Victoria Fertility Counselling
Caron has worked with women, and/or couples around fertility issues for three years. First, she worked in a clinic, advising and advocating for women (and sometimes their partners) on their choices in reproductive health. Later she counselled women and their families in a large Alberta hospital in the Neonatal Intensive Care Unit. Through her experiences in both settings she has become familiar with many of the concerns and challenges around fertility, reproductive choice, and birth control. Recently she was approved for referrals from Island Sexual Health Society for counselling. Single women, women in heterosexual couples, and women in lesbian couples are all respectfully considered.
IUI (Intrauterine Insemination) treatments can be extremely stressful for women (and their partners), particularly if the treatments are unsuccessful. The endless cycle of fertility drugs, scans, ovulation, insemination and the waiting period after to determine if pregnancy occurred can be draining. Women who have been through this process have described the physical and emotional difficulties encountered with fertility drugs, the stream of different medical personnel, and the challenges in maintaining healthy relationships. In addition, family and friends may be informed of the process, and their concern and questions can add to the distress felt. If IUI is not a possibility, or if it does not succeed, some choose egg donations, embryo donations, surrogacy or adoption.
Single women choosing to have fertility treatments may find that their decision is challenged, or not supported, by “well-meaning” friends or family. Usually, if a woman has gotten to the point of deciding to go ahead and have a baby without a partner, she has carefully considered her options, and is well aware of the potential difficulties and benefits ahead. Going through this process without the support of a life partner can be a struggle.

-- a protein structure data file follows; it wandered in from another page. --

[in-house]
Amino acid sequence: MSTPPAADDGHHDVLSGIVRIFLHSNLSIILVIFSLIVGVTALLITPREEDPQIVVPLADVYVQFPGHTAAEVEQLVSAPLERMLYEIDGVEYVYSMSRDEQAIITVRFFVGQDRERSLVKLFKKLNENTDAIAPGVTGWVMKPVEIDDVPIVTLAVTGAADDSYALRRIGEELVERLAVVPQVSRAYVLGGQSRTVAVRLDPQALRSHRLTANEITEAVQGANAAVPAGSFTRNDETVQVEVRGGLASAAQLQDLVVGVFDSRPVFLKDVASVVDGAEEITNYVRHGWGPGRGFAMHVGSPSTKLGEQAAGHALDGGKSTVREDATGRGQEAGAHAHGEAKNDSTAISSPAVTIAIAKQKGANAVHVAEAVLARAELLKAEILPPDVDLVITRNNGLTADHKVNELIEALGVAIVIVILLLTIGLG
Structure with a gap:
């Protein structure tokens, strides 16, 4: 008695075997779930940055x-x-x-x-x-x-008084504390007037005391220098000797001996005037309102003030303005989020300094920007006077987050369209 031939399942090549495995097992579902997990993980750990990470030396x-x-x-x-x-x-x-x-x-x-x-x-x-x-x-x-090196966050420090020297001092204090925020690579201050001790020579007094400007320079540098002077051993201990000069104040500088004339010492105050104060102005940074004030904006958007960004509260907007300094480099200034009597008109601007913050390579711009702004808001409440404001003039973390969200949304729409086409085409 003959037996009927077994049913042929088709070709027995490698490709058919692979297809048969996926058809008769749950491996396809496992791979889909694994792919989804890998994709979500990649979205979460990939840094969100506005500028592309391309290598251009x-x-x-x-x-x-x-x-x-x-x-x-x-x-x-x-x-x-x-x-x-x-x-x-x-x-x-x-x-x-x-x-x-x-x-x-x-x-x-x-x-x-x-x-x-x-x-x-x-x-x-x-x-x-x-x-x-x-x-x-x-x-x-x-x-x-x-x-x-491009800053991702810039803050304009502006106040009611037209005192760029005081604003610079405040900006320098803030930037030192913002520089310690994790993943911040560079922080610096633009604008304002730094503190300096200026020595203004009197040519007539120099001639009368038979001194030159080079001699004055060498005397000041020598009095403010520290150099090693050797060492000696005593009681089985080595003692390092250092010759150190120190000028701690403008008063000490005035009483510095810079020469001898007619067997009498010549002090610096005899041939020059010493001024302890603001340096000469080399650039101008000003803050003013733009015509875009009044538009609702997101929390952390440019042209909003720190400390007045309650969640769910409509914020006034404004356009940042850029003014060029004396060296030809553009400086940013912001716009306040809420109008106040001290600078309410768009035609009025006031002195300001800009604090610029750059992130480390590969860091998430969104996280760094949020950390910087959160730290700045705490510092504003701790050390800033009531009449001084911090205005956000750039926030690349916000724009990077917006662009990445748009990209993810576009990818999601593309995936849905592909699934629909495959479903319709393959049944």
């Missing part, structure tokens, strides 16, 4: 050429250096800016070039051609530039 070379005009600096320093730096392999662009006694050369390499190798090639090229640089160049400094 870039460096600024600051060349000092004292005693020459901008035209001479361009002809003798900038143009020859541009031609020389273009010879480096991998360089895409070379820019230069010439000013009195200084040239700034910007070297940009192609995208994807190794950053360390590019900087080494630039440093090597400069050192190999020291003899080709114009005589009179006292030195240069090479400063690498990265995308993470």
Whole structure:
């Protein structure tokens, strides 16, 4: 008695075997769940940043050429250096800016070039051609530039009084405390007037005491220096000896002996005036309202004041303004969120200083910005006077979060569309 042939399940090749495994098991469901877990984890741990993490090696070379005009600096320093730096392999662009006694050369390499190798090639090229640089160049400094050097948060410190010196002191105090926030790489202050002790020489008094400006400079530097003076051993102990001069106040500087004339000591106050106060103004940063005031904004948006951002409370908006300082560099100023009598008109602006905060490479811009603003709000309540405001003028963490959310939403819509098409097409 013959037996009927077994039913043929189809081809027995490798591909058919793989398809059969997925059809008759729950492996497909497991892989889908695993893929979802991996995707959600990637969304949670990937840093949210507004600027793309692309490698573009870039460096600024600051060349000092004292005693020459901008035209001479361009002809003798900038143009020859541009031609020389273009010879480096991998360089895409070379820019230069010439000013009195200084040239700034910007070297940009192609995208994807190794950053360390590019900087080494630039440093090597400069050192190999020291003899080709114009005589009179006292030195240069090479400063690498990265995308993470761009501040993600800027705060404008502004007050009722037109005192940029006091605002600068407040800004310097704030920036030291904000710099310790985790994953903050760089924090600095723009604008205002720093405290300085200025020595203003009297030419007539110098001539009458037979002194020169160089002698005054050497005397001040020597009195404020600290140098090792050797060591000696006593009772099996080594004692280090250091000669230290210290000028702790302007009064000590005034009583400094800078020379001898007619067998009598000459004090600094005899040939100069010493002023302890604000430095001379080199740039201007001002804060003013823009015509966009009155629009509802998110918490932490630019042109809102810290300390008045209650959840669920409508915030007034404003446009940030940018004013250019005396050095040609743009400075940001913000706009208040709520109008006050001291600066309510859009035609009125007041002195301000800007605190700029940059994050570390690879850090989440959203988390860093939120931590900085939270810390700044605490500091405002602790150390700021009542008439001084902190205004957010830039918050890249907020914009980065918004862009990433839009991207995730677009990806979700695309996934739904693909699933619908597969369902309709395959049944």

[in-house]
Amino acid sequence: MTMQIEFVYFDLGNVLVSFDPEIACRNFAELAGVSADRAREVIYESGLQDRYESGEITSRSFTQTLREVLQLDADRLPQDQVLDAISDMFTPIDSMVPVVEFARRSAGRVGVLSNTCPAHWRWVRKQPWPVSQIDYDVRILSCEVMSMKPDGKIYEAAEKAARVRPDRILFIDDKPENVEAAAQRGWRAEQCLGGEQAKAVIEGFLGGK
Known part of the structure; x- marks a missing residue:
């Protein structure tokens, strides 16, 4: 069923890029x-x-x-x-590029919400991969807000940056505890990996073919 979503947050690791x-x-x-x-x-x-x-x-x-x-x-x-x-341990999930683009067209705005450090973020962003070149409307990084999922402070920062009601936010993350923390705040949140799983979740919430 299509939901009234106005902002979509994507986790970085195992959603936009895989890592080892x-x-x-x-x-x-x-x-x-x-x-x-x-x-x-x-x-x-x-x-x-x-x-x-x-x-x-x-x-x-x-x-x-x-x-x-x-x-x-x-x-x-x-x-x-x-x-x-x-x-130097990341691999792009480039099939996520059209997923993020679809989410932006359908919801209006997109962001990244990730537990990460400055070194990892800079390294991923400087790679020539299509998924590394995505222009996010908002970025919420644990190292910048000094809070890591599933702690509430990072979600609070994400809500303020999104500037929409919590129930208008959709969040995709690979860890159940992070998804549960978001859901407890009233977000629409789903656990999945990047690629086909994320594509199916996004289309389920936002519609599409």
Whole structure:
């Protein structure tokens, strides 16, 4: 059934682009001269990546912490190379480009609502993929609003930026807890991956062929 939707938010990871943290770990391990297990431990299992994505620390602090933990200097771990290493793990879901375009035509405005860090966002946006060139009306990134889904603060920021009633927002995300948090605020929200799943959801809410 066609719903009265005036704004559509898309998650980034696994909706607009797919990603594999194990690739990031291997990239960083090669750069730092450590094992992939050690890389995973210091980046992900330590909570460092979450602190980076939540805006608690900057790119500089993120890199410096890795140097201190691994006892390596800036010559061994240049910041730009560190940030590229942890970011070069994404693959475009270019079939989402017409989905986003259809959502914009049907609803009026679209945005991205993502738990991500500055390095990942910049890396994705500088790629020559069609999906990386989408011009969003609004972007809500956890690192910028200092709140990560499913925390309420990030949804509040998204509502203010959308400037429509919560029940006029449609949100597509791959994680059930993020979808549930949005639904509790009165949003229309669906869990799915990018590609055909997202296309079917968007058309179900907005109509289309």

Lesbian couples experience unique challenges as well. Heterosexism on the part of medical staff may make an already stressful situation worse. Clinic forms may refer to husbands, rather than partners. Some medical personnel may impart their own anecdotal advice, be condescending or patronizing, and make assumptions about the nature of a lesbian relationship. Friends, family, and clinic staff may also question why one woman is going through fertility treatment while her partner is not.
Caron’s office is in Victoria, BC, but she can be accessed by phone, email, or Skype. Contact her today to see how she can help you.
Having an unplanned pregnancy can be difficult for some women. Some organizations offering counselling use untrained “peer counsellors” to promote their own point of view. You may be considering adoption, termination, or continuing with your pregnancy – Caron can provide you with unbiased, nonjudgemental support.
Call today at 250-885-1610.